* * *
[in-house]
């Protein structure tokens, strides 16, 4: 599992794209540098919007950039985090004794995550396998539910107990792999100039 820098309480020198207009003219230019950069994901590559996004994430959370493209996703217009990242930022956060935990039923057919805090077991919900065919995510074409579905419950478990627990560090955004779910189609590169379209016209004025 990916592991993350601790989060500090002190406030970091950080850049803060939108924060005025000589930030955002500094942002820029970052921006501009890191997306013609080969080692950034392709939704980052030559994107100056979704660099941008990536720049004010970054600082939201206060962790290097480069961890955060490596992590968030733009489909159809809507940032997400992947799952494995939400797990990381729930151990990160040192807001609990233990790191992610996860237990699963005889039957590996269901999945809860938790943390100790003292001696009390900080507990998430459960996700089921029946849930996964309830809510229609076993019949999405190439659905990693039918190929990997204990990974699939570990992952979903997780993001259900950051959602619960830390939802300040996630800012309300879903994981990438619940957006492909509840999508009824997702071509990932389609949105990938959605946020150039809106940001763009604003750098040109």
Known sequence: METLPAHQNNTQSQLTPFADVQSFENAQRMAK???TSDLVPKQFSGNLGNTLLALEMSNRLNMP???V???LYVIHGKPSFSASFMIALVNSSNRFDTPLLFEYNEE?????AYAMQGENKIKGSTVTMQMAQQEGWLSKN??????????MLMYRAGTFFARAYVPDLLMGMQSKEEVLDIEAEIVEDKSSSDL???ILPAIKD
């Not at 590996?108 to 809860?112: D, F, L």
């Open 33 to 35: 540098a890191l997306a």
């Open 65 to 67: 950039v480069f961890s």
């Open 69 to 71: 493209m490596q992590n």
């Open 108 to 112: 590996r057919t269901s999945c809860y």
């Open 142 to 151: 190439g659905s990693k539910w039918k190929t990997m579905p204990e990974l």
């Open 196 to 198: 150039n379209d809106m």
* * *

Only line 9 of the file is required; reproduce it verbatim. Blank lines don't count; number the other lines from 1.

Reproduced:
């Open 142 to 151: 190439g659905s990693k539910w039918k190929t990997m579905p204990e990974l």